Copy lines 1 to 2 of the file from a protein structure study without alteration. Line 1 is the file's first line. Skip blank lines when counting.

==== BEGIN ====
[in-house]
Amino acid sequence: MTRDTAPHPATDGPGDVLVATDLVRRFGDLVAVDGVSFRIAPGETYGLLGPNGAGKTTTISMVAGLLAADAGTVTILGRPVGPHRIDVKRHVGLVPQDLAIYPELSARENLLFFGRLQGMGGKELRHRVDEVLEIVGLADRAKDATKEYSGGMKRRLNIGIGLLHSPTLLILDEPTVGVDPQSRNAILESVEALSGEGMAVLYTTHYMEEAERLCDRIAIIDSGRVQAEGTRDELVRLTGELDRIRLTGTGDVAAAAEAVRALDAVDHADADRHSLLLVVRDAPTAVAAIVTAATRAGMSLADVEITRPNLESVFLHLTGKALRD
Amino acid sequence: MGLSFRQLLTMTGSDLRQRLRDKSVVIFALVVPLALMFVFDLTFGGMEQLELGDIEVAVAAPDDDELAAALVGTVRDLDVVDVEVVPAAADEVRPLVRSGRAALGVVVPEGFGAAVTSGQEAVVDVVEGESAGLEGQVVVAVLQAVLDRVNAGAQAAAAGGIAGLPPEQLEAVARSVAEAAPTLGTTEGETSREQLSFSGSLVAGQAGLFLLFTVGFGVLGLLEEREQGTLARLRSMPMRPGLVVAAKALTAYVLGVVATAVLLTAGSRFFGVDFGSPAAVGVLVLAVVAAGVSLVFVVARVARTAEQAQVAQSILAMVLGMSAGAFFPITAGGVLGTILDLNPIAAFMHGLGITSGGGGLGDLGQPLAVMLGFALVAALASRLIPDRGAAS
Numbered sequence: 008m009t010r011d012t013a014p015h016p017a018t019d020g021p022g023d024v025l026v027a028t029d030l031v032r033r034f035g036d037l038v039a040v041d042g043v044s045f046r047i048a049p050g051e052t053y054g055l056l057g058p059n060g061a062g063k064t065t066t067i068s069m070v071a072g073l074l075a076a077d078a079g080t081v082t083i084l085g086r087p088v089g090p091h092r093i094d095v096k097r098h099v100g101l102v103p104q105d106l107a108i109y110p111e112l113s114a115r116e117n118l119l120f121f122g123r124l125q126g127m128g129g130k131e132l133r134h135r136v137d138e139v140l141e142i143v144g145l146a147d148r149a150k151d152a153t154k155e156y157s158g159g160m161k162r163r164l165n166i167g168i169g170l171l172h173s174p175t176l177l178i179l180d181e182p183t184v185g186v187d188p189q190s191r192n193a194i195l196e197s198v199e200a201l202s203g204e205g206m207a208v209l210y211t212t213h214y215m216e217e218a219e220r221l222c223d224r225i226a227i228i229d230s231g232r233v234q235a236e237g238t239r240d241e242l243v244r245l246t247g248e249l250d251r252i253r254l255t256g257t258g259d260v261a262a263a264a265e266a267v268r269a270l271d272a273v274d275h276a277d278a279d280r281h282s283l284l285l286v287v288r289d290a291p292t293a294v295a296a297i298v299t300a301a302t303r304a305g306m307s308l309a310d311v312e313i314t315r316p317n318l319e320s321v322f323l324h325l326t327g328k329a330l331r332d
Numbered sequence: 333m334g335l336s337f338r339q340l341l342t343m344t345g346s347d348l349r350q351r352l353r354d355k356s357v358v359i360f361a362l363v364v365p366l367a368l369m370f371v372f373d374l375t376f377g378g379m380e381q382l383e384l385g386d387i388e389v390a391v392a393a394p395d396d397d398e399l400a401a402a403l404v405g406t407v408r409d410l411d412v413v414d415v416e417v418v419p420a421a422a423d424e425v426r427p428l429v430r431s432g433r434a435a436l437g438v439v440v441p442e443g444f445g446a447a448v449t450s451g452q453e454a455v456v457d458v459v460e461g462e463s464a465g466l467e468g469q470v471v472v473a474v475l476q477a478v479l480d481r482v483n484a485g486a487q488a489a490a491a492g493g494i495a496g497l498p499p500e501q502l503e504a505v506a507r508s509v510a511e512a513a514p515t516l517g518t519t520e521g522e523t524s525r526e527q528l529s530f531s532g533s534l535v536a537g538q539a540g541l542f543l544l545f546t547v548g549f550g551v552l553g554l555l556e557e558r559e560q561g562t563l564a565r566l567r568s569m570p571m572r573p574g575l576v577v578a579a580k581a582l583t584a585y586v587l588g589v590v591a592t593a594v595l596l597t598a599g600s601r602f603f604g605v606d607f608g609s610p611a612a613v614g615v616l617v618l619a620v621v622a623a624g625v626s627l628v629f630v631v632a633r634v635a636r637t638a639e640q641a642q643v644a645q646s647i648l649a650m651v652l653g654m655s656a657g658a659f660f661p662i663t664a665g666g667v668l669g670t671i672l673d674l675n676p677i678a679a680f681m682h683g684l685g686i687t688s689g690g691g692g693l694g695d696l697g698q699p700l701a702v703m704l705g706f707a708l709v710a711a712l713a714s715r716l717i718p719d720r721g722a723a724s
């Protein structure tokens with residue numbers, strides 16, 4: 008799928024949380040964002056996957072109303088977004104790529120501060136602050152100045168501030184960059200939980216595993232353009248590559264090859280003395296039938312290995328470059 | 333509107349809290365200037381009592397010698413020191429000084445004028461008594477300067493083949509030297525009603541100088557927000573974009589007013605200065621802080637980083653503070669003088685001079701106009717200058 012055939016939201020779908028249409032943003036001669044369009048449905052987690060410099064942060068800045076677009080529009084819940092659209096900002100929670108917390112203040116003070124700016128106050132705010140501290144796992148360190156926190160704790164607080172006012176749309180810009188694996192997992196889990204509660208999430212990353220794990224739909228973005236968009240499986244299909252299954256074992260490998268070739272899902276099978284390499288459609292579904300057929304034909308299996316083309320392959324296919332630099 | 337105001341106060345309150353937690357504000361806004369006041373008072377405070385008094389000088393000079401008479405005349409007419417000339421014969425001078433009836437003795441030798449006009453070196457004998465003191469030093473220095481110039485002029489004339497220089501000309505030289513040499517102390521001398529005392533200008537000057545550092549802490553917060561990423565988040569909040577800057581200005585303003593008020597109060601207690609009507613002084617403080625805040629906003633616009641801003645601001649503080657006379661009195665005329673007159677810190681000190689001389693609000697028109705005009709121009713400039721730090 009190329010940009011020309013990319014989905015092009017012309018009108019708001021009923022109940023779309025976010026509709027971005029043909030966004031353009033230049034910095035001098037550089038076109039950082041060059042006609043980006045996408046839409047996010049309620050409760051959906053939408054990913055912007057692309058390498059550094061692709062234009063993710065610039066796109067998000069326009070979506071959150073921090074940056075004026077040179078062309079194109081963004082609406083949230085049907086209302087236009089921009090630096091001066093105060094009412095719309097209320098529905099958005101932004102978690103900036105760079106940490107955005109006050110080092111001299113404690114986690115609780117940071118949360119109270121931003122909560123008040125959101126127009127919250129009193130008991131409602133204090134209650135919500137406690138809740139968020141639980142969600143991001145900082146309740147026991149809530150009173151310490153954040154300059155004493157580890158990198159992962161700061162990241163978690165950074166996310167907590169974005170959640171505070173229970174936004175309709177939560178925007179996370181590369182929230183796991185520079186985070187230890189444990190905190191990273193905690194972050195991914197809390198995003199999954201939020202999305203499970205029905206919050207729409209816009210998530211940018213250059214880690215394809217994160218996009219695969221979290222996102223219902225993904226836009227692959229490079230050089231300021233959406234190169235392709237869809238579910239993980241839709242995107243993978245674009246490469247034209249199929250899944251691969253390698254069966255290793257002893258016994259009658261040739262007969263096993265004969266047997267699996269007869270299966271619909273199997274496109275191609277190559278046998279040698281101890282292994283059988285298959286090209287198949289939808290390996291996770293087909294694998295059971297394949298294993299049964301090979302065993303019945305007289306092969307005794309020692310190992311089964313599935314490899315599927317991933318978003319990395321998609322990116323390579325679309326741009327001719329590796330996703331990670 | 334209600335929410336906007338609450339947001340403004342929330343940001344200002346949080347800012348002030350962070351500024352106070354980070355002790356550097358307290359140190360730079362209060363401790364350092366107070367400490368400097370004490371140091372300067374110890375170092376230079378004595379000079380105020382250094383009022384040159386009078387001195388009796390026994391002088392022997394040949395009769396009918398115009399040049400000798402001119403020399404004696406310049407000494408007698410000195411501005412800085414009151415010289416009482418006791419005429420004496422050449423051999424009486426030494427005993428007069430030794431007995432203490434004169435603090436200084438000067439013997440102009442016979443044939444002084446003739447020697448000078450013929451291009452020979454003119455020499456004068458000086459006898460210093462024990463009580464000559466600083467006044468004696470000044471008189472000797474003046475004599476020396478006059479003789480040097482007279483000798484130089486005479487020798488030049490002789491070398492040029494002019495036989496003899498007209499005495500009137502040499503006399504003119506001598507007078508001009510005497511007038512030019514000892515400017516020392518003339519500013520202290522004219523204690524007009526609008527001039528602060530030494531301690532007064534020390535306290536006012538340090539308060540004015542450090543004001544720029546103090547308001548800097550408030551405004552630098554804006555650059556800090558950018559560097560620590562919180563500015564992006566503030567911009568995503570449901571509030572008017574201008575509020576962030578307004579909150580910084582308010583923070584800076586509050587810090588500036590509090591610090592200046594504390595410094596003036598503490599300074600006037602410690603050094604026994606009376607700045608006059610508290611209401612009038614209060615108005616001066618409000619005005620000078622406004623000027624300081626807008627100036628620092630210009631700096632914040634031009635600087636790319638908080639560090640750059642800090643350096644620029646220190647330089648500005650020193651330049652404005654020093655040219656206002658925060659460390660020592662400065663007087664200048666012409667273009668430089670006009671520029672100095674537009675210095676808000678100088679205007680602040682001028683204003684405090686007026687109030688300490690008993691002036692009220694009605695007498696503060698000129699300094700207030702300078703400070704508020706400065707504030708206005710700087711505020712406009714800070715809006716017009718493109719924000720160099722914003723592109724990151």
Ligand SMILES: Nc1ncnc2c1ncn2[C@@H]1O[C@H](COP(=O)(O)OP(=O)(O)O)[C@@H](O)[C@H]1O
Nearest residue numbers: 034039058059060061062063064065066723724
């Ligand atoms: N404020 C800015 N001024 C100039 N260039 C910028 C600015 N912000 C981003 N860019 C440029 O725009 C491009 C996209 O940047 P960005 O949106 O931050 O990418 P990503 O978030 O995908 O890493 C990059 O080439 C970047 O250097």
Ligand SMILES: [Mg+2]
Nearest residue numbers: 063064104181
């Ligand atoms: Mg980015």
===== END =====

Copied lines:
[in-house]
Amino acid sequence: MTRDTAPHPATDGPGDVLVATDLVRRFGDLVAVDGVSFRIAPGETYGLLGPNGAGKTTTISMVAGLLAADAGTVTILGRPVGPHRIDVKRHVGLVPQDLAIYPELSARENLLFFGRLQGMGGKELRHRVDEVLEIVGLADRAKDATKEYSGGMKRRLNIGIGLLHSPTLLILDEPTVGVDPQSRNAILESVEALSGEGMAVLYTTHYMEEAERLCDRIAIIDSGRVQAEGTRDELVRLTGELDRIRLTGTGDVAAAAEAVRALDAVDHADADRHSLLLVVRDAPTAVAAIVTAATRAGMSLADVEITRPNLESVFLHLTGKALRD